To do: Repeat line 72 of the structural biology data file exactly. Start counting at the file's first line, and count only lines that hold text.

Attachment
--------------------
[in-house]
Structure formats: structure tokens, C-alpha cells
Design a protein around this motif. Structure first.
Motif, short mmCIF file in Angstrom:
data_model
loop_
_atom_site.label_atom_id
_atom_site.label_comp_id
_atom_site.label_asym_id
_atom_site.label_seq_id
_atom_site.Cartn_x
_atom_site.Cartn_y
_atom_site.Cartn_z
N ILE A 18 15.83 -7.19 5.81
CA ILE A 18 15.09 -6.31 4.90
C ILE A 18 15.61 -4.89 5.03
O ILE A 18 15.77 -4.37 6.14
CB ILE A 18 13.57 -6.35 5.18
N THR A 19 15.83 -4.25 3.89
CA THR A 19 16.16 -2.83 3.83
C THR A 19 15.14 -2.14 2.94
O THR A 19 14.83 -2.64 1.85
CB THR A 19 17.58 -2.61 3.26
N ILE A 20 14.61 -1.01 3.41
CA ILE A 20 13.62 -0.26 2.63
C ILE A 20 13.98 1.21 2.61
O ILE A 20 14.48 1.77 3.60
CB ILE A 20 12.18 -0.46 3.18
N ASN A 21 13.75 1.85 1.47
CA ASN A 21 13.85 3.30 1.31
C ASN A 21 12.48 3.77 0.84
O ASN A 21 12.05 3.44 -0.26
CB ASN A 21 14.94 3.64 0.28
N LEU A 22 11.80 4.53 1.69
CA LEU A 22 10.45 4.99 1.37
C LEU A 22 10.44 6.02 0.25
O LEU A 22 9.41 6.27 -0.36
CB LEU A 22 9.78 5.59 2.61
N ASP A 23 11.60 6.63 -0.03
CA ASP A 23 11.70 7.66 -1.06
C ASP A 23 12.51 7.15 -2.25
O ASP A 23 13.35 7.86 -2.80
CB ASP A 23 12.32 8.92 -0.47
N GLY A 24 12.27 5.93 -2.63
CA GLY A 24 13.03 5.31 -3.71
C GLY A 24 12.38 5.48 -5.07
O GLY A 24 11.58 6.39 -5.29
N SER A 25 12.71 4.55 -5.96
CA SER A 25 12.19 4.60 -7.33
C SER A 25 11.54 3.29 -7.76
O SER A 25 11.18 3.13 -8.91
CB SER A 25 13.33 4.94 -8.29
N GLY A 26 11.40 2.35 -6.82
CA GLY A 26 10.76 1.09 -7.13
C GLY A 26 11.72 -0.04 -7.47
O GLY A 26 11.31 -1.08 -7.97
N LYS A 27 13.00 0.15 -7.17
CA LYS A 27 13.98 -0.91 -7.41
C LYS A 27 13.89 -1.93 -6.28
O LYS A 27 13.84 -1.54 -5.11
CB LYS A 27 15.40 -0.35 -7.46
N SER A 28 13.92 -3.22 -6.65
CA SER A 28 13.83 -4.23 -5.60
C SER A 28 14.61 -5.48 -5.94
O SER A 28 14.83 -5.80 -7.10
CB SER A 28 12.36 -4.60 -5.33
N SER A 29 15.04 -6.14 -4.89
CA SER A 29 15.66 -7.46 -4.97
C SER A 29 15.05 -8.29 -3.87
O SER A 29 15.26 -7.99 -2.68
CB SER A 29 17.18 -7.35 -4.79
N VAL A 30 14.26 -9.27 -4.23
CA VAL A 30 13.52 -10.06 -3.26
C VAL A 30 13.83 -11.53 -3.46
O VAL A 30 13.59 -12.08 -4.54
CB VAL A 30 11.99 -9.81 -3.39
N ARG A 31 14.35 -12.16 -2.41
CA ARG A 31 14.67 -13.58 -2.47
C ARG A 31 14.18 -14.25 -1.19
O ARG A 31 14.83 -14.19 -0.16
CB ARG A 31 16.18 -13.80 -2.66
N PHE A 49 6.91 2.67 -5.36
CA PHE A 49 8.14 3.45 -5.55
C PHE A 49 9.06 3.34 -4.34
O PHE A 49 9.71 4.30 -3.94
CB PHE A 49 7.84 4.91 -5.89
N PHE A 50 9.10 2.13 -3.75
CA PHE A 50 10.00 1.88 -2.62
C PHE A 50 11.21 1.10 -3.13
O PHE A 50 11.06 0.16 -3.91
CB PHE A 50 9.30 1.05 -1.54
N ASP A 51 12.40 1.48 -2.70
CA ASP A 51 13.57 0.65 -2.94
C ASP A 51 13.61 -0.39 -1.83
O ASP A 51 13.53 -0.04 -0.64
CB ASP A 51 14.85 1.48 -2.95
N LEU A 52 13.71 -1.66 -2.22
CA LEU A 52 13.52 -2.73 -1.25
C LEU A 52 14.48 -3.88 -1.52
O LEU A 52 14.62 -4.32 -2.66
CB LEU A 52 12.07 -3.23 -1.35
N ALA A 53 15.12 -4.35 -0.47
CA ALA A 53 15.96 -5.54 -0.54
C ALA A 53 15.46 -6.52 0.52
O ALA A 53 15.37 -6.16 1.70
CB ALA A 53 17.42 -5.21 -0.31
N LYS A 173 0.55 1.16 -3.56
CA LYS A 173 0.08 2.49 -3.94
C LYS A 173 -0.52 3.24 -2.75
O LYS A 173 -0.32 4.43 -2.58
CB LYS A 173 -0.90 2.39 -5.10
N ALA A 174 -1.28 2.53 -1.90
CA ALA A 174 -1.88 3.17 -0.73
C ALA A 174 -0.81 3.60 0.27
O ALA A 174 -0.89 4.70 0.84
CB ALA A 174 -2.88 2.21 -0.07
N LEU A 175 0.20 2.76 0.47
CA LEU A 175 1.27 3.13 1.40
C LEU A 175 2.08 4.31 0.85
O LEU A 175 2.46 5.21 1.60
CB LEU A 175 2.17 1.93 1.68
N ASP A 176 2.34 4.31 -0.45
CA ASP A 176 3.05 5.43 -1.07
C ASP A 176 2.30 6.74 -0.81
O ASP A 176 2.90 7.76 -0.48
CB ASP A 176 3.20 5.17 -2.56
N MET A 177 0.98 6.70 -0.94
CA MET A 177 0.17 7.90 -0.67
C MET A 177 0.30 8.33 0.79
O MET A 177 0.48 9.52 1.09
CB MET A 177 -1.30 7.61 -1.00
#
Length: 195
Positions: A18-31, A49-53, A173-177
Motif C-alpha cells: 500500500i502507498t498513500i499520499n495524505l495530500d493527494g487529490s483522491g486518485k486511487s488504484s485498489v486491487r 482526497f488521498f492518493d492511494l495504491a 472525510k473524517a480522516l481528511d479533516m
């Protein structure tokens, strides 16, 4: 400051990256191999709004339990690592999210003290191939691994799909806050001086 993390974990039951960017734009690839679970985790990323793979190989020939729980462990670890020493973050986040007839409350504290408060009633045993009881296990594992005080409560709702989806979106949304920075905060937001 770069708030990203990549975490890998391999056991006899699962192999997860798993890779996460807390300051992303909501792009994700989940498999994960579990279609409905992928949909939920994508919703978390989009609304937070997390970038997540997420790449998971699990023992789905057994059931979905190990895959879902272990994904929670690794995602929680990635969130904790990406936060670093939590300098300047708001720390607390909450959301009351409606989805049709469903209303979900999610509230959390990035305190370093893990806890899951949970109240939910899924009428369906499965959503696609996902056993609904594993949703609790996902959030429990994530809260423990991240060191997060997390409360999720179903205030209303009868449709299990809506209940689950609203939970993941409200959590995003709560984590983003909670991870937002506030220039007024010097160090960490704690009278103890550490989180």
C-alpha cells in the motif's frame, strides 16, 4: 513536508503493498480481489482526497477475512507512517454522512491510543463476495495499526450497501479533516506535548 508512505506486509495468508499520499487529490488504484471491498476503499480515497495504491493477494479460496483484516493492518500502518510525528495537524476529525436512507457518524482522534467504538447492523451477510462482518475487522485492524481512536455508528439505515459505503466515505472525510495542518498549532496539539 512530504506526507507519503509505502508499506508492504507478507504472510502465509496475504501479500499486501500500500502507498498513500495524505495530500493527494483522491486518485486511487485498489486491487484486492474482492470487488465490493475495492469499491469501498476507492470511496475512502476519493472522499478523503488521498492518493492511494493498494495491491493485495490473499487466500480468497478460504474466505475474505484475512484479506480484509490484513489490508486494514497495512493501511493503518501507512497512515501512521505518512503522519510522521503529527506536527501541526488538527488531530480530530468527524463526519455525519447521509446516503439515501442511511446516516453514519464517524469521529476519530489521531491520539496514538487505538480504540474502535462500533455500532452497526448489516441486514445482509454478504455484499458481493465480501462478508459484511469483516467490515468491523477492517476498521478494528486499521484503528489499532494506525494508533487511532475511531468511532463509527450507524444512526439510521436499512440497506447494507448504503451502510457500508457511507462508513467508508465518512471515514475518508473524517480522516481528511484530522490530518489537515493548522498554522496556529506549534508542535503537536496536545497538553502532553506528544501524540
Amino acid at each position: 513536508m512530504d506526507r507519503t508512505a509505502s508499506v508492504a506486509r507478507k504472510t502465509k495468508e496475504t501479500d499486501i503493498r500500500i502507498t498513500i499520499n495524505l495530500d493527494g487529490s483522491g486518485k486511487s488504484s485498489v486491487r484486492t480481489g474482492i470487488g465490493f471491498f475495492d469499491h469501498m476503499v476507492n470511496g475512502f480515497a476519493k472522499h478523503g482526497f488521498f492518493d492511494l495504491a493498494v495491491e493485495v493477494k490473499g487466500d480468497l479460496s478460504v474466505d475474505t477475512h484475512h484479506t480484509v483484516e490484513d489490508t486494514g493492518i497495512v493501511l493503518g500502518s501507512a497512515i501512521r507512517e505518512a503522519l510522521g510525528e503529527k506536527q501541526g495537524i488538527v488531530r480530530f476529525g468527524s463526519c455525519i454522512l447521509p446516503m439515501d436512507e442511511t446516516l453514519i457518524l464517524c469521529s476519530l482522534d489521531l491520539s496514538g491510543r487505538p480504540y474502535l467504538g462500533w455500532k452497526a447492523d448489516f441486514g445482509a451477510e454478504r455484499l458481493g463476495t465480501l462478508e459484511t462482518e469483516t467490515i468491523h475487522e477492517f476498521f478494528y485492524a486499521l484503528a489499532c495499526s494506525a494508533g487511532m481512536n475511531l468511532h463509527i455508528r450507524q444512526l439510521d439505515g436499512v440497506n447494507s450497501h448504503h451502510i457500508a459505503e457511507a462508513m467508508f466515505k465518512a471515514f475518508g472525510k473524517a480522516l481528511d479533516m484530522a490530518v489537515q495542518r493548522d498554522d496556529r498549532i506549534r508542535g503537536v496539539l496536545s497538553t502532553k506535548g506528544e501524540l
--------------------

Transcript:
N VAL A 30 14.26 -9.27 -4.23